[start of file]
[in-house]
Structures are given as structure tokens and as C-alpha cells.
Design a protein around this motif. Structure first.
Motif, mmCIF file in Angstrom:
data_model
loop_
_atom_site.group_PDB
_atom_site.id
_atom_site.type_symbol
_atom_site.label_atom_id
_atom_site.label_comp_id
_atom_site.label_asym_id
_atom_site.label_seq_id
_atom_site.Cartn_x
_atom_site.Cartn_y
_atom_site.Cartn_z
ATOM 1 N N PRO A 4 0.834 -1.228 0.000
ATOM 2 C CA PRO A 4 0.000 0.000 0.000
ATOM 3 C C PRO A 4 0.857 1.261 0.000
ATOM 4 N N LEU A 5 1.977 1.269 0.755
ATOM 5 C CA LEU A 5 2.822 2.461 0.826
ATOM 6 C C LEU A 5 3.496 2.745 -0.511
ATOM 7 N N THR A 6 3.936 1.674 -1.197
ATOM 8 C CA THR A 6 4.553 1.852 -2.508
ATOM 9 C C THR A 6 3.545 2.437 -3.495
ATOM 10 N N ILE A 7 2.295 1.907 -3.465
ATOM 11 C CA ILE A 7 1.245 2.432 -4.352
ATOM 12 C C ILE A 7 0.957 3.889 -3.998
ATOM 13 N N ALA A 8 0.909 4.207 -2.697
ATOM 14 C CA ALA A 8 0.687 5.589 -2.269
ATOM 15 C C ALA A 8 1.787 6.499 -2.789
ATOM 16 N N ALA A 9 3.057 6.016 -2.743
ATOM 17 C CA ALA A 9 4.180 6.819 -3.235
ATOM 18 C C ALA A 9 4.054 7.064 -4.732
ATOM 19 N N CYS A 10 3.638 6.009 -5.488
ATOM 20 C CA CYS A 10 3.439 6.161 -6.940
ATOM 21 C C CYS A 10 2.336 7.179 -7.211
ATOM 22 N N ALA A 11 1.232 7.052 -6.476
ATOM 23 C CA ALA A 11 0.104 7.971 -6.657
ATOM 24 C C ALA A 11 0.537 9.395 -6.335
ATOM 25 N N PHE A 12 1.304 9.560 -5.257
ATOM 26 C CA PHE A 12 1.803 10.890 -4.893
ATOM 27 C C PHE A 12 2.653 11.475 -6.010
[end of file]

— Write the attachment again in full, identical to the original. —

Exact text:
[in-house]
Structures are given as structure tokens and as C-alpha cells.
Design a protein around this motif. Structure first.
Motif, mmCIF file in Angstrom:
data_model
loop_
_atom_site.group_PDB
_atom_site.id
_atom_site.type_symbol
_atom_site.label_atom_id
_atom_site.label_comp_id
_atom_site.label_asym_id
_atom_site.label_seq_id
_atom_site.Cartn_x
_atom_site.Cartn_y
_atom_site.Cartn_z
ATOM 1 N N PRO A 4 0.834 -1.228 0.000
ATOM 2 C CA PRO A 4 0.000 0.000 0.000
ATOM 3 C C PRO A 4 0.857 1.261 0.000
ATOM 4 N N LEU A 5 1.977 1.269 0.755
ATOM 5 C CA LEU A 5 2.822 2.461 0.826
ATOM 6 C C LEU A 5 3.496 2.745 -0.511
ATOM 7 N N THR A 6 3.936 1.674 -1.197
ATOM 8 C CA THR A 6 4.553 1.852 -2.508
ATOM 9 C C THR A 6 3.545 2.437 -3.495
ATOM 10 N N ILE A 7 2.295 1.907 -3.465
ATOM 11 C CA ILE A 7 1.245 2.432 -4.352
ATOM 12 C C ILE A 7 0.957 3.889 -3.998
ATOM 13 N N ALA A 8 0.909 4.207 -2.697
ATOM 14 C CA ALA A 8 0.687 5.589 -2.269
ATOM 15 C C ALA A 8 1.787 6.499 -2.789
ATOM 16 N N ALA A 9 3.057 6.016 -2.743
ATOM 17 C CA ALA A 9 4.180 6.819 -3.235
ATOM 18 C C ALA A 9 4.054 7.064 -4.732
ATOM 19 N N CYS A 10 3.638 6.009 -5.488
ATOM 20 C CA CYS A 10 3.439 6.161 -6.940
ATOM 21 C C CYS A 10 2.336 7.179 -7.211
ATOM 22 N N ALA A 11 1.232 7.052 -6.476
ATOM 23 C CA ALA A 11 0.104 7.971 -6.657
ATOM 24 C C ALA A 11 0.537 9.395 -6.335
ATOM 25 N N PHE A 12 1.304 9.560 -5.257
ATOM 26 C CA PHE A 12 1.803 10.890 -4.893
ATOM 27 C C PHE A 12 2.653 11.475 -6.010